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Mr. Samsa, Gregor's father, looms as a domineering figure in the novel. With Gregor incapacitated, Mr. Samsa can no longer malinger as a helpless invalid, and he resumes his place as head of the Samsa household. Despite his humble new occupation as a bank messenger, it comes with a snazzy uniform and a restored sense of authority. Mr. Samsa punishes Gregor without establishing Gregor's guilt, and assumes that Gregor has the worst of intentions. By refusing to believe that Gregor might be attempting to explain himself non-verbally, Mr. Samsa also denies Gregor the opportunity to defend himself and proclaim his innocence.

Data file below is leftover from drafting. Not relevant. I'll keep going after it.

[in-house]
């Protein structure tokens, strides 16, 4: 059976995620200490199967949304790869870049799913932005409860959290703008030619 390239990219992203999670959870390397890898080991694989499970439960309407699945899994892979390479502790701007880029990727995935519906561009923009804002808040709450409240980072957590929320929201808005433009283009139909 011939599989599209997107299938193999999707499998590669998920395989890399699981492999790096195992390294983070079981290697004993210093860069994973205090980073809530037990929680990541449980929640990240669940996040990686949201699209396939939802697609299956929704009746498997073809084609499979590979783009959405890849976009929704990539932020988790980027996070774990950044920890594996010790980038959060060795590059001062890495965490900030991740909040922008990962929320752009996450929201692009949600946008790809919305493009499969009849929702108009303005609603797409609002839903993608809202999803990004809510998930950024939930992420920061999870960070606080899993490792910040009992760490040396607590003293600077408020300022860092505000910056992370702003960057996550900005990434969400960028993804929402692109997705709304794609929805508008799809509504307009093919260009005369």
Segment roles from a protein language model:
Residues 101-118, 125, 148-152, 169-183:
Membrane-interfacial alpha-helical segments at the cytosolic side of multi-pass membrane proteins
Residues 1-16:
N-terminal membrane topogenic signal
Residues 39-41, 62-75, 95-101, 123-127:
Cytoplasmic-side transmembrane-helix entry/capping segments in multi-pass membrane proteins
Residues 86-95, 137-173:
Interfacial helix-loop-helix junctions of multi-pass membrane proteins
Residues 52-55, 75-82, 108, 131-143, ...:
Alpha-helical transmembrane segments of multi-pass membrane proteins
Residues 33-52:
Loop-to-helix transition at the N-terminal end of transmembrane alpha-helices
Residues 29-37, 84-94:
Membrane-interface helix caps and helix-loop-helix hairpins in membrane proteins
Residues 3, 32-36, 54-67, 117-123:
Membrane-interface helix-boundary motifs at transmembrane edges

Mrs. Samsa is the sympathetic yin to Mr. Samsa's domineering yang. She's constantly proclaiming her maternal love for her poor, poor son Gregor – she even throws herself on Mr. Samsa to beg for Gregor's life. Mrs. Samsa, however, can't quite stomach the sight of Gregor and goes into wheezing fits every time she sees him. Her hysterical reaction to Gregor suggests that she may be carried away more by the idea of maternal love than its gross reality.